“Get Set”… Auditing For Profit
RAC contractors are new to the world of CMS contractors with their contingency-based fees, which are dependent upon their findings. In other words, payment to the RACs will be made based upon a percentage (possibly 9-12%) of what is identified, either improper over or under payments. The goal is for the RACs to identify and correct “past improper payments” to providers, which is designed to accomplish the following:
- Assist CMS to avoid future improper payments;
- Help providers to avoid submitting claims that do not comply with CMS rules; and
- Ensure that taxpayers and future Medicare beneficiaries are protected.
Financial incentives to RAC contractors are clear and integral to their businesses.
Overpayments Collected by Error Type (Net of Appeals):
Cumulative Through 3/27/08, Claim RACs Only
- 40% – Medically Unnecessary – $391.3 Million
- 35% – Incorrectly Coded – $331.8 Million
- 8% – No/Insufficient Documentation – $74.3 Million
- 17% – Other – $160.2 Million
(Source: CMS June 2008 Self-reported by the Claim RACs).
Where and When
As I mentioned at the outset, the program will be expanded to all 50 states. To give you an overview, the list below identifies the anticipated expansion with potential ‘start dates’:
USA divided into 4 RAC Jurisdictions
A — Northeast and East Coast:
Anticipated Start: December 1, 2008: (Currently on Hold)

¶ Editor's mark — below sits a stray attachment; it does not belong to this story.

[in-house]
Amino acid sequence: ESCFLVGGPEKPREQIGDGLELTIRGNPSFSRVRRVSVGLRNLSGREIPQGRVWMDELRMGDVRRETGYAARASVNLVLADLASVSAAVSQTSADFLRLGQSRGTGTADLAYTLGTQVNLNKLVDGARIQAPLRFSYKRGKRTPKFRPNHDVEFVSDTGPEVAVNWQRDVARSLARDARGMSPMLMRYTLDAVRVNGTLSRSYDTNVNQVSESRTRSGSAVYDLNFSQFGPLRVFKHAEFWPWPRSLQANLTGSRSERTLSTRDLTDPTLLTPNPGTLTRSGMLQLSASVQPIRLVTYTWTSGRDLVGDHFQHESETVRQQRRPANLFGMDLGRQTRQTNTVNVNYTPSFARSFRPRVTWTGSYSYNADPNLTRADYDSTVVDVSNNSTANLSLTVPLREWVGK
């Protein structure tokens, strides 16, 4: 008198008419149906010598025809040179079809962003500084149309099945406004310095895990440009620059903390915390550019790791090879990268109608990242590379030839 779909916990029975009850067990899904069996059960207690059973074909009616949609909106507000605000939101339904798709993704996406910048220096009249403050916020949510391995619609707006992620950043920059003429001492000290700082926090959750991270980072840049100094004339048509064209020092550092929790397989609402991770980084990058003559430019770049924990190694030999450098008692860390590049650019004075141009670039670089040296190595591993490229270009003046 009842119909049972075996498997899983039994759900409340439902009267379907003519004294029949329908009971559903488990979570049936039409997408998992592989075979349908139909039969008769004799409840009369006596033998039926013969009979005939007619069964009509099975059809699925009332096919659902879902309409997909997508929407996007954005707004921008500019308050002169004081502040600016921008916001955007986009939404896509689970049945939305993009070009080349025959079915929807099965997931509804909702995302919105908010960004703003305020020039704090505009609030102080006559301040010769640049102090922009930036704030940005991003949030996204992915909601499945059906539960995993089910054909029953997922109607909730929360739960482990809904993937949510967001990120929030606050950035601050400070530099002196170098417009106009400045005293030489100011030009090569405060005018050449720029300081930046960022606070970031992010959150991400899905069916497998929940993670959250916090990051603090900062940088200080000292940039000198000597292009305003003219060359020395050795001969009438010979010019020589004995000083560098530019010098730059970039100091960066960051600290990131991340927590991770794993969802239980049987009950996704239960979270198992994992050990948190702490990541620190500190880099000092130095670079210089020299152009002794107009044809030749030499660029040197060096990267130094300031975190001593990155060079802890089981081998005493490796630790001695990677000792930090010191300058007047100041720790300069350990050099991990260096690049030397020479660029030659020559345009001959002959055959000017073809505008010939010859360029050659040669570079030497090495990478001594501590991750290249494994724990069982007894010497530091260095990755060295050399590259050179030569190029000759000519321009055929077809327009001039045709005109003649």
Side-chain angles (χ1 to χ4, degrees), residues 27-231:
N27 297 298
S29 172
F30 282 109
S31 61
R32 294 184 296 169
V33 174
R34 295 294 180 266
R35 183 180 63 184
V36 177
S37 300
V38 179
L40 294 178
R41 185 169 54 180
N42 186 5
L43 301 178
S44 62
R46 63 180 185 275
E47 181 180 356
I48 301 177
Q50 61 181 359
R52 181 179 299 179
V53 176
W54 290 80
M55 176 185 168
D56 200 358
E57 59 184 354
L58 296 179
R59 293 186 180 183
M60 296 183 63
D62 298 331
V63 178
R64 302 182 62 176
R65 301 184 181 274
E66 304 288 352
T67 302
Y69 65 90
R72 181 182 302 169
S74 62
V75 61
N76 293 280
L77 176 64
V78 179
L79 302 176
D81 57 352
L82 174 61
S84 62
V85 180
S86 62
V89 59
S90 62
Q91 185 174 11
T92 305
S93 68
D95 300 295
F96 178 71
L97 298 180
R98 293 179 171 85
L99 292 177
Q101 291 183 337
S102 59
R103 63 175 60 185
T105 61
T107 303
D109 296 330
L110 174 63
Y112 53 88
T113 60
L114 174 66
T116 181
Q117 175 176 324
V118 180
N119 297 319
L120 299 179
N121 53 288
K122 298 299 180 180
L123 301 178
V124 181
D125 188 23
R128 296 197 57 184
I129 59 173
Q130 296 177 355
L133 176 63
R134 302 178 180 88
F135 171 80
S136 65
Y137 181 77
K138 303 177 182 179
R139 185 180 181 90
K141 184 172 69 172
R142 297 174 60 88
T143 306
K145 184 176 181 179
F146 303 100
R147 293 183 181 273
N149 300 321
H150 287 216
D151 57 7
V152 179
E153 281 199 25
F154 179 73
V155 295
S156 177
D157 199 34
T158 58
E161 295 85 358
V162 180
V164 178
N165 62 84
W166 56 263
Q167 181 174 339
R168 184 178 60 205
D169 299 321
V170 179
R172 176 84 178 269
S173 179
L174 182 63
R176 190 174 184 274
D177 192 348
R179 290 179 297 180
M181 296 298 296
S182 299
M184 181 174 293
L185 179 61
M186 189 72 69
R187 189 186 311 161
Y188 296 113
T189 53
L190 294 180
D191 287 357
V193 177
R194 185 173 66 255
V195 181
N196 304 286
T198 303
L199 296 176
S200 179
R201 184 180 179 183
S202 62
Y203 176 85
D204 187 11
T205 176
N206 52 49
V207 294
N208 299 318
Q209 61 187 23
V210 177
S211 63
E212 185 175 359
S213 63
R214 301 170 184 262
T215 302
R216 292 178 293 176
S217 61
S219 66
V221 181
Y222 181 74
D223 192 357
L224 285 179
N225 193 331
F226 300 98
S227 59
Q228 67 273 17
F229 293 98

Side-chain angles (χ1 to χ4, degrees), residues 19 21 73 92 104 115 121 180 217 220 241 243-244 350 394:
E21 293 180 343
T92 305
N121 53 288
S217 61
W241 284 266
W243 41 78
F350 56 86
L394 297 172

Maine, Vermont, New Hampshire, Massachusetts, Rhode Island, Connecticut, New York, Pennsylvania, New Jersey, Maryland, Delaware and the District of Columbia
B — Great Lakes and Midwest:
Anticipated Start: March 1, 2009: (Currently on Hold)
Ohio, Kentucky, Illinois, Indiana, Wisconsin, Michigan and Minnesota
C — Southeast and Southwest:
Anticipated Start: August 1, 2009
West Virginia, Virginia, North Carolina, South Carolina, Tennessee, Alabama, Mississippi, Louisiana, Florida, Texas, Oklahoma, Arkansas, Colorado, New Mexico
D — West and West Coast:
Anticipated Start: August 1, 2009
California, Arizona, Montana, North Dakota, South Dakota, Wyoming, Utah, Washington, Idaho, Oregon, Nevada, Alaska, Hawaii
Don’t let yourself feel overly secure when you see “Currently On Hold.” That’s only temporary and is not because the program is being re-examined, as you might hope. RAC contractors not selected are challenging CMS, with the decision having little or no bearing on the ultimate national program or providers.
How RAC Determinations are Made
During the pilot program, there were few restrictions on the RAC efforts. Fortunately, some new rules are in place for the permanent program, which delivers at least some good news for providers.